Thomas Jefferson Papers

To Thomas Jefferson from William Carmichael, 4 April 1785

From William Carmichael

Madrid 4th. April 1785


On the 29th. Ulto. I had the honor to address you by an expeditious conveyance. Since which I have received the Inclosed paper which may throw some light on the Nature of the presents made to the cheifs of the Piratical States. You will please to observe that as these People are not delicate in their choice the Articles mentioned in the List are generally remnants of unsaleable effects. I expect to receive shortly lists of the Last presents made by Denmark and Sweden to the different Barbary States, which I shall not fail to send to you. By a Letter which I received the 1st. inst. from Doctr. Franklin I find that the Affair of Morrocco had ingaged the Attention of the Commissioners. I shall be happy to know their Sentiments and to follow their Instructions in the correspondence which I entertain with the People About the Emperor. I expect daily answers to Letters which I wrote some time Ago. Not having received any Instruction on this point or indeed on almost any other from Congress since I have had the honor to serve the State here, I have acted to the best of my Judgement for their Interests. In the case of Morrocco I have written nothing that can compromise their Dignity. At the Same time I flatter Myself that I have contributed to a cessation of Hostilities on the part of that Prince. The Expedition proceeded by Spain against the Algereens and the Armaments of the Venetians against Tunis may in some Measure put a Stop to the Depredations of these Pirates during the course of this year and afford an opportunity to Congress to take such measures as they may find Convenient. I know that the Algeriens meant to fall upon our comm[erce] Because some time ago, They captured two English Vessels on a supposition That they were American. These have been released. I have reason to beleive that they have been excited to commit hostilities. I was informed and informed Congress that Curtis the English Agent at Morocco did all in his power to render us bad offices there. The Consuls from Other Nations are instructed not to meddle in the Disputes which may happen between these Pirates and another Country without particular orders from their Respective Courts. This I know to be the case with respect to those of two Nations and am told that the Others are in the same predicament. The intermarriages seem to ingross the Attention of the Public at Present. The Ct. de Campomanes told the King in an harangue which he made his Majesty as Governor Iterino of the Council of Castille, that he had been destined by Providence to shut for ever the Gates of the Temple of Janus on the Peninsula. Where will England find a port so convenient as Lisbon, or even France, should no regard be paid hereafter to the Family Compact, find a shelter for its fleet on this extended Coast? With respectfull compliments to Mr. Adams I have the honor to be with great Respect & Regard Sir Your Most Obedt. Hble. Sert.,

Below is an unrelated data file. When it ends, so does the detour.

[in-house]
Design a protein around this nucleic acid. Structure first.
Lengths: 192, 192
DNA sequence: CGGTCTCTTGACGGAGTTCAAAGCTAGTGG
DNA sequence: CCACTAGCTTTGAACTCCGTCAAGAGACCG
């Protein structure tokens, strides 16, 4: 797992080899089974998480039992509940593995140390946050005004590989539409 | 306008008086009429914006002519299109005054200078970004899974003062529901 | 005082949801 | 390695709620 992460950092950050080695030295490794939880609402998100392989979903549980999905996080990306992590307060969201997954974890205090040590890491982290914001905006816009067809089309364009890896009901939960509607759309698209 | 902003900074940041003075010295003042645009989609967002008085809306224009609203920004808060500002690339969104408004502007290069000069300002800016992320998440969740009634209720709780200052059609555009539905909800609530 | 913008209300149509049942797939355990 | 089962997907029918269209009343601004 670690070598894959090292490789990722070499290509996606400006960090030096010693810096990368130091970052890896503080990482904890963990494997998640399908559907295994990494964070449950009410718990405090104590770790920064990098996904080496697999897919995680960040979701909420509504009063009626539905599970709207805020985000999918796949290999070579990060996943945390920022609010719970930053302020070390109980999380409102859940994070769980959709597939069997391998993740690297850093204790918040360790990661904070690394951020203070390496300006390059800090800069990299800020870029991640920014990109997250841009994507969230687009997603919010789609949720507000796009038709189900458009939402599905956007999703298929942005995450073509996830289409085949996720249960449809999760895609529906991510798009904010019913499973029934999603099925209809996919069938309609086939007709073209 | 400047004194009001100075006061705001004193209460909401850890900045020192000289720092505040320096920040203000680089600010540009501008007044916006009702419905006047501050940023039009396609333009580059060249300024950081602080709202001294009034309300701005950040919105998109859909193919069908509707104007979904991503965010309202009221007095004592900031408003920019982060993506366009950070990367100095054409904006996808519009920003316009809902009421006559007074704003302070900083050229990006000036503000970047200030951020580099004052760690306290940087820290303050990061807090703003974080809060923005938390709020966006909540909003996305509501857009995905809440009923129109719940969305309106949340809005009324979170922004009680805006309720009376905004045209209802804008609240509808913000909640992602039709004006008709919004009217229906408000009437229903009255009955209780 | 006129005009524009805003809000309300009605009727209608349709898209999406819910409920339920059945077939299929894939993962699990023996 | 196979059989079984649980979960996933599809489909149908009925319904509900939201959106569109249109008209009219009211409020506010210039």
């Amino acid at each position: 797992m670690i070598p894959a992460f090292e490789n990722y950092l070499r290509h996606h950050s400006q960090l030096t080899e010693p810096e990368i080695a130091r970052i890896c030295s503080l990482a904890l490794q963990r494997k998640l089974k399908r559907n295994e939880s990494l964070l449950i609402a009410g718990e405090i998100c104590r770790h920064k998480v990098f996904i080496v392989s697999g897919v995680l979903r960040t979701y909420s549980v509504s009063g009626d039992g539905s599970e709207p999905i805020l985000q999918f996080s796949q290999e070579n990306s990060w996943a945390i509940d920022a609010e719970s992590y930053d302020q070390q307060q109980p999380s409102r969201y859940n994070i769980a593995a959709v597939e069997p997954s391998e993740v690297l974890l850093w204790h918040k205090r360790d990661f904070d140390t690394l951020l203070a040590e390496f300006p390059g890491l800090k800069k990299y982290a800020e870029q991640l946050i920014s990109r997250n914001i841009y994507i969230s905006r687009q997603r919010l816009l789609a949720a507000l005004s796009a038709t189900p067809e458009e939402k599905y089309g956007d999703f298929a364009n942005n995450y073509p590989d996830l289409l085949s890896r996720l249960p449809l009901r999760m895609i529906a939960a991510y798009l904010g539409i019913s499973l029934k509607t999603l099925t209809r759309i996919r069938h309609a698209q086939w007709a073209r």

Wm. Carmichael

RC (DLC). Recorded in SJL as received 16 Apr. 1785. Enclosure: A list of presents made to the Dey of Algiers and members of his court (MS in DNA: RG 59; undated; in French; endorsed by TJ: “inclosed in a letter from Mr. Carmichael to T.J. dated Madrid Apr. 4. 1785”).

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